Yet while Biden has won praise, he hasn’t articulated a clear vision of what he wants to accomplish in an engagement phase. The US official said that, for now, cooperation will be limited to tackling climate change and nuclear security challenges posed by Iran and North Korea.
“It’s largely the immediate menu. But we certainly have been. . . make an effort to methodically browse our interests, what their interests are and where might they overlap, ”she said.
In addition to questions about how Biden will handle the technology-related national security challenges, experts are waiting to see what other steps he will take against Xinjiang after calling Uyghur abuses “genocide.”
Jessica Chen Weiss, an expert on China at Cornell University, said it was also unclear whether actions such as coordinated sanctions would cause Beijing to change its behavior.
“It remains to be seen whether this had the ultimate effect of changing Chinese behavior in the areas the Biden administration has chosen, particularly on human rights,” she said, noting that the Chinese response had not been to change course but to impose retaliatory sanctions.
While the allies have welcomed the overall U.S. decision to re-engage, they have some concerns, including that Biden’s strategy in the Indo-Pacific is too focused on security and not enough on security. economy. Biden is unlikely to join major trade pacts due to domestic political pressure and his view that foreign policy should help America’s middle class.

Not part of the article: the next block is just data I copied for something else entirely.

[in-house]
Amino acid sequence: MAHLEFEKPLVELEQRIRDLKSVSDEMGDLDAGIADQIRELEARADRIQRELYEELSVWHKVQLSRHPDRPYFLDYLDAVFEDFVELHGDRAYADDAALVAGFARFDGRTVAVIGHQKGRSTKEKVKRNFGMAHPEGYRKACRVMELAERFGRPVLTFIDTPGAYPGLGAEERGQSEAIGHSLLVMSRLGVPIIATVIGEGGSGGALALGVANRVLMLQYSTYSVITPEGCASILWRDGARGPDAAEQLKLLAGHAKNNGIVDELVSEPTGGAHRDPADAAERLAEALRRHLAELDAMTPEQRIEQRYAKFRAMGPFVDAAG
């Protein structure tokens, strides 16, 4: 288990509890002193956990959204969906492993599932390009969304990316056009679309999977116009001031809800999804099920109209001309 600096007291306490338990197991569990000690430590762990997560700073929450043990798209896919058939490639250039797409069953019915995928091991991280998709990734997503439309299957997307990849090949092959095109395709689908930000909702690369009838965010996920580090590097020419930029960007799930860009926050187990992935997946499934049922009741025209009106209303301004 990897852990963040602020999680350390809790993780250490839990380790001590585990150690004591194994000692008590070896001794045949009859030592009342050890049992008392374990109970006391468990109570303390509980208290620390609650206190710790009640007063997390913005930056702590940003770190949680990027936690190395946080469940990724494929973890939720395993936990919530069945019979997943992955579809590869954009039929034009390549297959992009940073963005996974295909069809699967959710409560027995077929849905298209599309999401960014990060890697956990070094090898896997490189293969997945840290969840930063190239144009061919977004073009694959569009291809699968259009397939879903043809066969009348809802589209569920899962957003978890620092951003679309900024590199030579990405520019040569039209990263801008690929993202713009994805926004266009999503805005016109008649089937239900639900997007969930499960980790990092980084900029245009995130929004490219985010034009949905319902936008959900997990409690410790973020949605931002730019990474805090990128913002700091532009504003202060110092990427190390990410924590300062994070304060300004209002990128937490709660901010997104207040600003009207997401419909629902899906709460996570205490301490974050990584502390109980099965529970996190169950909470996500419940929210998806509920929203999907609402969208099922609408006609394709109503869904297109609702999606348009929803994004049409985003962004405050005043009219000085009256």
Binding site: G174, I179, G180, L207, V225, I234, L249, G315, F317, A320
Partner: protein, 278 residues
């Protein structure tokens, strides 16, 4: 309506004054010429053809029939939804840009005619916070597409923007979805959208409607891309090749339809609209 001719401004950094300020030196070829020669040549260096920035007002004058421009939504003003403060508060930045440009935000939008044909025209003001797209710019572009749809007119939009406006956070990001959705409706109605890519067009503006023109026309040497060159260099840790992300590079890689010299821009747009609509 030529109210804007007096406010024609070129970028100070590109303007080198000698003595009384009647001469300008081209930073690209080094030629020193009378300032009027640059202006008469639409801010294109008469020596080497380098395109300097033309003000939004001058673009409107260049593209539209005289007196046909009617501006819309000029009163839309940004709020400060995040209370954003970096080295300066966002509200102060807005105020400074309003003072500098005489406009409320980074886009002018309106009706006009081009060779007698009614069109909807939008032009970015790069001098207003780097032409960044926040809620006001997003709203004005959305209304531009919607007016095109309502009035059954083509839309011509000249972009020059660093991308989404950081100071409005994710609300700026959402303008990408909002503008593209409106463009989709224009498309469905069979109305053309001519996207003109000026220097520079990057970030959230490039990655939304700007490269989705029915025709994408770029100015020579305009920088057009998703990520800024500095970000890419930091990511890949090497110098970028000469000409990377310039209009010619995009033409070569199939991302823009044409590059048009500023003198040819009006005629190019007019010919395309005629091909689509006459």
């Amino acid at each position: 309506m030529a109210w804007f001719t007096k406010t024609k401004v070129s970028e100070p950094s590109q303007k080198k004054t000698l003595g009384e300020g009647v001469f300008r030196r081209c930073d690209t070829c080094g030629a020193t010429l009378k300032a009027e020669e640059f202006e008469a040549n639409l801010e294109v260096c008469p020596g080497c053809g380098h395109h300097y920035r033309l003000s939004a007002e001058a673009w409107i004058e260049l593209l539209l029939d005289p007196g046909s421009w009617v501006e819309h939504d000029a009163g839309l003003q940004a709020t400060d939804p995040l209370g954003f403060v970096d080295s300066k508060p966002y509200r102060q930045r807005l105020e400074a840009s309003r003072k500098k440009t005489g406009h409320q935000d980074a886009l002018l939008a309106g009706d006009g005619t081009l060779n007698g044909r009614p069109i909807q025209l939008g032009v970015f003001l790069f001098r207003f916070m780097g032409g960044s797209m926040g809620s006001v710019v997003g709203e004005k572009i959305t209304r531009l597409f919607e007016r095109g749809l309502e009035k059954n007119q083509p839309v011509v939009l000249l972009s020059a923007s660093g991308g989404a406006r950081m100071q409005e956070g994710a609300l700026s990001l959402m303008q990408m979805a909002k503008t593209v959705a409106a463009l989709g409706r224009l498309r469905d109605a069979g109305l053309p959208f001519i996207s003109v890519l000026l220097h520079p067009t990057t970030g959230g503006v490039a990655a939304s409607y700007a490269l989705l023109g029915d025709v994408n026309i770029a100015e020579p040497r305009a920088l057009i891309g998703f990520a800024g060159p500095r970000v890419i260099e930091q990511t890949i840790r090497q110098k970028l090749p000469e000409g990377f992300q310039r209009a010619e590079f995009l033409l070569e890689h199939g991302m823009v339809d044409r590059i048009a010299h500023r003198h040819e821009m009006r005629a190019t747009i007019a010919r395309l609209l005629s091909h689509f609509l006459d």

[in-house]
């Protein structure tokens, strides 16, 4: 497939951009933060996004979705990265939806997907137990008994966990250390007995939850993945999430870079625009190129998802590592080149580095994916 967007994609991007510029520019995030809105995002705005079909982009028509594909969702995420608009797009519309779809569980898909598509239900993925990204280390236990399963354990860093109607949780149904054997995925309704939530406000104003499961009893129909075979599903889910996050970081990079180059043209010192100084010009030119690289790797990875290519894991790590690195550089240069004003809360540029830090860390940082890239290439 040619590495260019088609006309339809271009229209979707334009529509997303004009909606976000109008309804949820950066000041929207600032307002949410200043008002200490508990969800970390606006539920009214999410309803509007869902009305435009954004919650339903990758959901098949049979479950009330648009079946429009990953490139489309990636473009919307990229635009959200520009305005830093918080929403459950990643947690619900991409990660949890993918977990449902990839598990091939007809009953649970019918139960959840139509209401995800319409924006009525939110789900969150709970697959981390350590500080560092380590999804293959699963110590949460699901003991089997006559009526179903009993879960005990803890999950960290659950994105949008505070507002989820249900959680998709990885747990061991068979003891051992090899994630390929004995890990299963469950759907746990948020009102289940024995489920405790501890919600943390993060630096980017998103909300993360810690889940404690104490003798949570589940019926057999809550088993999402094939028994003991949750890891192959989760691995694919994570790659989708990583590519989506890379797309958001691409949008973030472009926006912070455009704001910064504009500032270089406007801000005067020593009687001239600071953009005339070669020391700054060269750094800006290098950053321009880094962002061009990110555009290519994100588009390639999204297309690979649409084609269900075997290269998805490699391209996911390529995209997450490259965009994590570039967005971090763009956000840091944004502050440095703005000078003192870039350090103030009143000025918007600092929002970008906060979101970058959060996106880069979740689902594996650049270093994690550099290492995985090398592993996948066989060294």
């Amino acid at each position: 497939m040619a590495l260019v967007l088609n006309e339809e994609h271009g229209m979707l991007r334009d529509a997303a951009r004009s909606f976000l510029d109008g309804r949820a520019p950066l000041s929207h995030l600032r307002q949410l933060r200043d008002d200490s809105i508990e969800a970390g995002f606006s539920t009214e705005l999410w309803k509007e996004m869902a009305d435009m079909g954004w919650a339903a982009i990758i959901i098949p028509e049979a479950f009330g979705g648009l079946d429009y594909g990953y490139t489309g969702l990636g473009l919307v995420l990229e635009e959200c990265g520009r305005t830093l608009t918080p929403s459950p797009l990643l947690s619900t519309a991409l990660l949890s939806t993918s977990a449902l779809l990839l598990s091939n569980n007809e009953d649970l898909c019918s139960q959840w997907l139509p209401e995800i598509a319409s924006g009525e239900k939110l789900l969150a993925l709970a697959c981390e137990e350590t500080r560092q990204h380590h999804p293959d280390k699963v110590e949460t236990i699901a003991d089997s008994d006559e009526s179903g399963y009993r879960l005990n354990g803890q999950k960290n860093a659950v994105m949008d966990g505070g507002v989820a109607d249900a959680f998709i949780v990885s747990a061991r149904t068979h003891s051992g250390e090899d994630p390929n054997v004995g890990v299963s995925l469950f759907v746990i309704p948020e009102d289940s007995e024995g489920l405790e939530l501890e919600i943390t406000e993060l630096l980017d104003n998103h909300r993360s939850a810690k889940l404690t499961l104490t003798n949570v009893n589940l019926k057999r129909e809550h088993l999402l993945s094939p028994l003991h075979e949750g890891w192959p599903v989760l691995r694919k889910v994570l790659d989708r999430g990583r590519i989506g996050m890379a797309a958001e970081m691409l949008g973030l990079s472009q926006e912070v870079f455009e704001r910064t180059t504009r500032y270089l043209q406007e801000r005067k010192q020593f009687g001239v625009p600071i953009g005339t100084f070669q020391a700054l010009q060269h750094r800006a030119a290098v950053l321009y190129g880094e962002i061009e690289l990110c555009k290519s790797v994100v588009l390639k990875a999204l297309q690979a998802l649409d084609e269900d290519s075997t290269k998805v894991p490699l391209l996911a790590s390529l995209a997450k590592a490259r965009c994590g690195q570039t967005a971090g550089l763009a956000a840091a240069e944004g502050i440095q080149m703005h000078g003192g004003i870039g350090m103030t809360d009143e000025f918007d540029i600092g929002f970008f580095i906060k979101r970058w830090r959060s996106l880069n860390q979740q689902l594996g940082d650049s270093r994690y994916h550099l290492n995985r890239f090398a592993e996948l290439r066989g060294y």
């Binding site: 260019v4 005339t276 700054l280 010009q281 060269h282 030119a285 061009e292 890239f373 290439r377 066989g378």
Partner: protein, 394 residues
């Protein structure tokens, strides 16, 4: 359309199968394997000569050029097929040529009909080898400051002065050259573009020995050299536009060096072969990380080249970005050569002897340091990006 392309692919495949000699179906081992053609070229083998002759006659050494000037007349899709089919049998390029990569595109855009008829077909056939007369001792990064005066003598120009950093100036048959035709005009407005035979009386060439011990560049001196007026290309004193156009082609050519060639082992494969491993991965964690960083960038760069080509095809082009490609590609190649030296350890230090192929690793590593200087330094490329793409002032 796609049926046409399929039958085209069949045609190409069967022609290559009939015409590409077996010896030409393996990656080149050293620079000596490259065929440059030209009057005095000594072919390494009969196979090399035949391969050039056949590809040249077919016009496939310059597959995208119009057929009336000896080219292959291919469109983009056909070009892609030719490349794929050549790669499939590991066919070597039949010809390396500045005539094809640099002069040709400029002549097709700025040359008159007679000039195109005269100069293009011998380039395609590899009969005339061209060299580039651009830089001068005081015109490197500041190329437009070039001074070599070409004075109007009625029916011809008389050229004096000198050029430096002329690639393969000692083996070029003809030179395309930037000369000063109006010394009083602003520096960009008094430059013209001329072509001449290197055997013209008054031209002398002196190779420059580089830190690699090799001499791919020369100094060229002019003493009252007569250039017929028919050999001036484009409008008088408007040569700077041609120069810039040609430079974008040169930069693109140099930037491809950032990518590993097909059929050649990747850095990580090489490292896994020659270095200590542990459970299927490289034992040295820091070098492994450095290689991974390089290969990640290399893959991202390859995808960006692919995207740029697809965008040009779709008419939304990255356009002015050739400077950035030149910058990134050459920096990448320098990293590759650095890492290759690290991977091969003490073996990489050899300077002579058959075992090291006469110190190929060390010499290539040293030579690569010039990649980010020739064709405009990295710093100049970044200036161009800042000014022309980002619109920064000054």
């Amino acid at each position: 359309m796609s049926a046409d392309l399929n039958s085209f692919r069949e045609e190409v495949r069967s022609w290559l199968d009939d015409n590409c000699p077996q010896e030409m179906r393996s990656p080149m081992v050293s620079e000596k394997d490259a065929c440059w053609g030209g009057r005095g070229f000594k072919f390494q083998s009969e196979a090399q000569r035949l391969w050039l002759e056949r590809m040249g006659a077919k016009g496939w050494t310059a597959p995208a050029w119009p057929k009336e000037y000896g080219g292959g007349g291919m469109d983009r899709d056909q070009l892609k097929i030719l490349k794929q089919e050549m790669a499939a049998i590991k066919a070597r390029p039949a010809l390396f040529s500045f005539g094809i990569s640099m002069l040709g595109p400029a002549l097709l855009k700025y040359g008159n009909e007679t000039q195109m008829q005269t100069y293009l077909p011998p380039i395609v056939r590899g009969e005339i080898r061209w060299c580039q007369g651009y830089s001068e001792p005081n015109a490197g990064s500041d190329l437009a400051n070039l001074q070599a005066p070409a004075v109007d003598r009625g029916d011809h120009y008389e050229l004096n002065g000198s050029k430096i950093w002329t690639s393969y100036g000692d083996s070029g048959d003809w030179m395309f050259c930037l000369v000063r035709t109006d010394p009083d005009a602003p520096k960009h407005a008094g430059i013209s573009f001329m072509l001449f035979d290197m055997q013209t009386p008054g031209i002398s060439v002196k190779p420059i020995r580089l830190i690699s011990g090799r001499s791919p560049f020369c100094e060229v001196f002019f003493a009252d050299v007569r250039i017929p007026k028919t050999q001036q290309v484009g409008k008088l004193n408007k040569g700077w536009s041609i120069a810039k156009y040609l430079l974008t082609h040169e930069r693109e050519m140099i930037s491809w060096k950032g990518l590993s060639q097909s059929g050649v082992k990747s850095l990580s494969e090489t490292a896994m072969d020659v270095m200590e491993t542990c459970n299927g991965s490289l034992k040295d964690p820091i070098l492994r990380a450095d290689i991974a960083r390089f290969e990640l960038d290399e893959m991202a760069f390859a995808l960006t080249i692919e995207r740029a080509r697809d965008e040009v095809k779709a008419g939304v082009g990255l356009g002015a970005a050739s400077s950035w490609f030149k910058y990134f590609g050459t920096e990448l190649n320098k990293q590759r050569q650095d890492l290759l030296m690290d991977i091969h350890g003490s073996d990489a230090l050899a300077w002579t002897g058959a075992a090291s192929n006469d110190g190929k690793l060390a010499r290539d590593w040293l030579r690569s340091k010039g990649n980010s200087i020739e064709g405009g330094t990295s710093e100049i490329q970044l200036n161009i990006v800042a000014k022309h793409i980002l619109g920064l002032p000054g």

“Middle class foreign policy is unclear [strategy] is going to be compatible with the trade and investment approach desired by most of our allies and partners in Asia, ”said Cooper.
Political dynamics in the two countries also suggest it may be some time before Washington and Beijing reach a detente, according to Craig Allen, chairman of the US-China Business Council.
“In November 2022, Biden faces a tough-to-win midterm election. In October or November 2022, Xi is facing a difficult National Party Congress, which could very well re-elect him for another five-year term, ”he said.
“Until these two political events take place, there may not be much room for compromise.”